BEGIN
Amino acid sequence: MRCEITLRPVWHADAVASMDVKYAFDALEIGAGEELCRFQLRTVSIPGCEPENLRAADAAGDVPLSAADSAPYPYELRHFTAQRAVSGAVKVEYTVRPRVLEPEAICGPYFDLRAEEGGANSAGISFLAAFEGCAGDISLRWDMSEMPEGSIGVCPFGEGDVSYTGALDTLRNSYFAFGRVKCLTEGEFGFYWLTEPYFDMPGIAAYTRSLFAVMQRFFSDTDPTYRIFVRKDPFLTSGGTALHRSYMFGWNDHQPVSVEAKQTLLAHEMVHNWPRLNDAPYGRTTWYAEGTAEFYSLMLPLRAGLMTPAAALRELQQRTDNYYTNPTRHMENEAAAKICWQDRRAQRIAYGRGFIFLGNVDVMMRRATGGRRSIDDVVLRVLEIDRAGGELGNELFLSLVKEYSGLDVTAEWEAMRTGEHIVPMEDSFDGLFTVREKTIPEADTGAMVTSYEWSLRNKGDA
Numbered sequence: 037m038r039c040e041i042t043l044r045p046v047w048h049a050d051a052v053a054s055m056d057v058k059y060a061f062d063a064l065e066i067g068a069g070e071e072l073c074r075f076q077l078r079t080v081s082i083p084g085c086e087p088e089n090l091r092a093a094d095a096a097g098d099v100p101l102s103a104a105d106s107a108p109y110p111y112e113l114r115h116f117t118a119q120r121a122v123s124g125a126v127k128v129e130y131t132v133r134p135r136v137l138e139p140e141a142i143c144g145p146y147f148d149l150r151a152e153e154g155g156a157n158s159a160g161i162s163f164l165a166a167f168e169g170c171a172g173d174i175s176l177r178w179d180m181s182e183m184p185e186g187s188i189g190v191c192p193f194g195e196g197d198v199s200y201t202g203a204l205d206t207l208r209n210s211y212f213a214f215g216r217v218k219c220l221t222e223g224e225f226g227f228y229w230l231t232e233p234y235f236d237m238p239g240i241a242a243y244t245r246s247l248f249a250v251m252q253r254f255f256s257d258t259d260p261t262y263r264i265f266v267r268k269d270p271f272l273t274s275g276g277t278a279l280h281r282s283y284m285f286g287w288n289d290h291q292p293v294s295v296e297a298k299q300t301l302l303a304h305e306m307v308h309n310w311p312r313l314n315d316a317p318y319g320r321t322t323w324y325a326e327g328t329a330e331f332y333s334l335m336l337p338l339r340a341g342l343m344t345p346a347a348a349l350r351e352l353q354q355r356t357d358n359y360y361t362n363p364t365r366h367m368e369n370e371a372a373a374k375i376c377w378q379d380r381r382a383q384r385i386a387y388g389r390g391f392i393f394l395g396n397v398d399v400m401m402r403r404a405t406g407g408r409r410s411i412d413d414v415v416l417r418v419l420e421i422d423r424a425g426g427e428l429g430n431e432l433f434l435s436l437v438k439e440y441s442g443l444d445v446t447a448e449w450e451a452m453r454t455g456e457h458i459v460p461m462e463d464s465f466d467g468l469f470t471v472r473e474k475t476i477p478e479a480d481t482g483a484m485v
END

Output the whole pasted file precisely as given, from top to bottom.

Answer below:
Amino acid sequence: MRCEITLRPVWHADAVASMDVKYAFDALEIGAGEELCRFQLRTVSIPGCEPENLRAADAAGDVPLSAADSAPYPYELRHFTAQRAVSGAVKVEYTVRPRVLEPEAICGPYFDLRAEEGGANSAGISFLAAFEGCAGDISLRWDMSEMPEGSIGVCPFGEGDVSYTGALDTLRNSYFAFGRVKCLTEGEFGFYWLTEPYFDMPGIAAYTRSLFAVMQRFFSDTDPTYRIFVRKDPFLTSGGTALHRSYMFGWNDHQPVSVEAKQTLLAHEMVHNWPRLNDAPYGRTTWYAEGTAEFYSLMLPLRAGLMTPAAALRELQQRTDNYYTNPTRHMENEAAAKICWQDRRAQRIAYGRGFIFLGNVDVMMRRATGGRRSIDDVVLRVLEIDRAGGELGNELFLSLVKEYSGLDVTAEWEAMRTGEHIVPMEDSFDGLFTVREKTIPEADTGAMVTSYEWSLRNKGDA
Numbered sequence: 037m038r039c040e041i042t043l044r045p046v047w048h049a050d051a052v053a054s055m056d057v058k059y060a061f062d063a064l065e066i067g068a069g070e071e072l073c074r075f076q077l078r079t080v081s082i083p084g085c086e087p088e089n090l091r092a093a094d095a096a097g098d099v100p101l102s103a104a105d106s107a108p109y110p111y112e113l114r115h116f117t118a119q120r121a122v123s124g125a126v127k128v129e130y131t132v133r134p135r136v137l138e139p140e141a142i143c144g145p146y147f148d149l150r151a152e153e154g155g156a157n158s159a160g161i162s163f164l165a166a167f168e169g170c171a172g173d174i175s176l177r178w179d180m181s182e183m184p185e186g187s188i189g190v191c192p193f194g195e196g197d198v199s200y201t202g203a204l205d206t207l208r209n210s211y212f213a214f215g216r217v218k219c220l221t222e223g224e225f226g227f228y229w230l231t232e233p234y235f236d237m238p239g240i241a242a243y244t245r246s247l248f249a250v251m252q253r254f255f256s257d258t259d260p261t262y263r264i265f266v267r268k269d270p271f272l273t274s275g276g277t278a279l280h281r282s283y284m285f286g287w288n289d290h291q292p293v294s295v296e297a298k299q300t301l302l303a304h305e306m307v308h309n310w311p312r313l314n315d316a317p318y319g320r321t322t323w324y325a326e327g328t329a330e331f332y333s334l335m336l337p338l339r340a341g342l343m344t345p346a347a348a349l350r351e352l353q354q355r356t357d358n359y360y361t362n363p364t365r366h367m368e369n370e371a372a373a374k375i376c377w378q379d380r381r382a383q384r385i386a387y388g389r390g391f392i393f394l395g396n397v398d399v400m401m402r403r404a405t406g407g408r409r410s411i412d413d414v415v416l417r418v419l420e421i422d423r424a425g426g427e428l429g430n431e432l433f434l435s436l437v438k439e440y441s442g443l444d445v446t447a448e449w450e451a452m453r454t455g456e457h458i459v460p461m462e463d464s465f466d467g468l469f470t471v472r473e474k475t476i477p478e479a480d481t482g483a484m485v